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HyperText Markup Language (HTML) is the main markup language for creating web pages and other information that can be displayed in a web browser.

HTML is written in the form of HTML elements consisting of tags enclosed in angle brackets (like html), within the web page content. HTML tags most commonly come in pairs like and, although some tags represent empty elements and so are unpaired, for example . The first tag in a pair is the start tag, and the second tag is the end tag (they are also called opening tags and closing tags). In between these tags web designers can add text, further tags, comments and other types of text-based content.

The purpose of a web browser is to read HTML documents and compose them into visible or audible web pages. The browser does not display the HTML tags, but uses the tags to interpret the content of the page.


Dynamic HTML, or DHTML, is an umbrella term for a collection of technologies used together to create interactive and animated web sites[1] by using a combination of a static markup language (such as HTML), a client-side scripting language (such as JavaScript), a presentation definition language (such as CSS), and the Document Object Model.

DHTML allows scripting languages to change variables in a web page's definition language, which in turn affects the look and function of otherwise "static" HTML page content, after the page has been fully loaded and during the viewing process. Thus the dynamic characteristic of DHTML is the way it functions while a page is viewed, not in its ability to generate a unique page with each page load.


Cascading Style Sheets (CSS) is a style sheet language used for describing the presentation semantics (the look and formatting) of a document written in a markup language. Its most common application is to style web pages written in HTML and XHTML, but the language can also be applied to any kind of XML document, including plain XML, SVG and XUL.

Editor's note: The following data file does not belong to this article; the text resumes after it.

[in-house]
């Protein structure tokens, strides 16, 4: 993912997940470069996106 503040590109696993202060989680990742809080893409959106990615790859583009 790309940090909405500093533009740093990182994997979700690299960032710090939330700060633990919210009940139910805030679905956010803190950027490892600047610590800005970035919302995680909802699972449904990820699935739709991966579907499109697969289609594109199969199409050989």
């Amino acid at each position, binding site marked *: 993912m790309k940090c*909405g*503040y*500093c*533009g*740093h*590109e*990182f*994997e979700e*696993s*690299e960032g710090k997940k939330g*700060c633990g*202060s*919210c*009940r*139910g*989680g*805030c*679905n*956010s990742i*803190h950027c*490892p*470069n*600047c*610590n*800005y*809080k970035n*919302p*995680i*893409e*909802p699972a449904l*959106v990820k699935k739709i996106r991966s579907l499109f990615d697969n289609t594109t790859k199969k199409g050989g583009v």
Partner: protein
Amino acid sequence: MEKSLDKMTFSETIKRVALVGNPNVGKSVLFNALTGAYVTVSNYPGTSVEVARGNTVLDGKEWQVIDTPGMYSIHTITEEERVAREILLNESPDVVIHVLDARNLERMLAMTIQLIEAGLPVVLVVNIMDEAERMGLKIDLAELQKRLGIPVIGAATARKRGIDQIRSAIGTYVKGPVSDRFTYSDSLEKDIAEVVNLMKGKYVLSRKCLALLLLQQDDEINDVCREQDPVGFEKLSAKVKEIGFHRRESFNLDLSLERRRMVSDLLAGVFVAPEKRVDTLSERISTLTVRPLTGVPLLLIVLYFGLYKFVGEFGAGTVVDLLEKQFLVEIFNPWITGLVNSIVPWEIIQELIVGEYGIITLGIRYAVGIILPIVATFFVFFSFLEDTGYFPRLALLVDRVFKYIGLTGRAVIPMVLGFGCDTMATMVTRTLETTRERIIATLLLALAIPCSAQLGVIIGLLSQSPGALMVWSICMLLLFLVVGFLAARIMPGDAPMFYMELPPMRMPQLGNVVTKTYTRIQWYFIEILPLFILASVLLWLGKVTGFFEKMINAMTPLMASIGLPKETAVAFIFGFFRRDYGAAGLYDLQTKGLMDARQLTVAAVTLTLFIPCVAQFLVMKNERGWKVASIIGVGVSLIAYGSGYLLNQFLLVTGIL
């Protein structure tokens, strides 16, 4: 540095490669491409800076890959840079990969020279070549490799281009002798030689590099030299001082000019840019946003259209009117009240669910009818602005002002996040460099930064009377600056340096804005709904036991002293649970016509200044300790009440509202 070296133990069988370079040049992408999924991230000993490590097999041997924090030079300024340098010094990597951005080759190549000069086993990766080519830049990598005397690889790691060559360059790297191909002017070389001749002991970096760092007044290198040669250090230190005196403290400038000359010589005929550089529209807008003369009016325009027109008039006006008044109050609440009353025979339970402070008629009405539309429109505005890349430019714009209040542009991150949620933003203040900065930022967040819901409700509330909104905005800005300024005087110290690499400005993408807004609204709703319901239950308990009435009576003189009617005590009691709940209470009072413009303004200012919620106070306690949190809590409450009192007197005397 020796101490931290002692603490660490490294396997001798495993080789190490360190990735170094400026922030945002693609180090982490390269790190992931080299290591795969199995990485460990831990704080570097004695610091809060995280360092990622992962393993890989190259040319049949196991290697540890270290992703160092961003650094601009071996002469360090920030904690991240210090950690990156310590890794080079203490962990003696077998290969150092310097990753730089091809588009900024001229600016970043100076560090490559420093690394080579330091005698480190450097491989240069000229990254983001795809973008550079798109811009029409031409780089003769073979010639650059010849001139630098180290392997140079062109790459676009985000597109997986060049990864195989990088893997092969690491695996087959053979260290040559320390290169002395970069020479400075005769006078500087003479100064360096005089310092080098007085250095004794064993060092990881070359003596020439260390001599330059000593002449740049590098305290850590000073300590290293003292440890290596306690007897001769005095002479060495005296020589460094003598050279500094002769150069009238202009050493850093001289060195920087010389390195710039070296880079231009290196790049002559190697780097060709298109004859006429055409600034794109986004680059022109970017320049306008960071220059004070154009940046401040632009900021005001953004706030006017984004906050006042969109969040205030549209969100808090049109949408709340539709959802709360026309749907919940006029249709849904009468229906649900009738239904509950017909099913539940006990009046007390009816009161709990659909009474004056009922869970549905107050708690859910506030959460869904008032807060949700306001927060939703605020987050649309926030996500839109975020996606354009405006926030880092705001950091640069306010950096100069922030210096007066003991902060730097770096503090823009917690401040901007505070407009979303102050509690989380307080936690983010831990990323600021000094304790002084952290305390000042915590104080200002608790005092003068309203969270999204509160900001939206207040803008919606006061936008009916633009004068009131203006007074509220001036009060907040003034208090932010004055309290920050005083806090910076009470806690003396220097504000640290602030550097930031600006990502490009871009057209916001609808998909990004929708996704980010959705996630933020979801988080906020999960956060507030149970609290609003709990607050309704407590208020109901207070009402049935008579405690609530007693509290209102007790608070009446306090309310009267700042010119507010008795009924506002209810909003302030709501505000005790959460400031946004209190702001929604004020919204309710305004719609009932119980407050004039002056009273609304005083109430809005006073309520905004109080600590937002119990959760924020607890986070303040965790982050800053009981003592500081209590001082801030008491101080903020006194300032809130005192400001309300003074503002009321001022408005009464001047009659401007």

CSS is designed primarily to enable the separation of document content (written in HTML or a similar markup language) from document presentation, including elements such as the layout, colors, and fonts.[1] This separation can improve content accessibility, provide more flexibility and control in the specification of presentation characteristics, enable multiple pages to share formatting, and reduce complexity and repetition in the structural content (such as by allowing for tableless web design).

Scripting Language

A scripting language or script language is a programming language that supports scripts, programs written for a special run-time environment that can interpret (rather than compile) and automate the execution of tasks which could alternatively be executed one-by-one by a human operator. Environments that can be automated through scripting include software applications, web pages within a web browser, the shells of operating systems (OS), and embedded systems. A scripting language can be viewed as a domain-specific language for a particular environment; in the case of scripting an application, this is also known as an extension language. Scripting languages are also sometimes referred to as very high-level programming languages, as they operate at a high level of abstraction.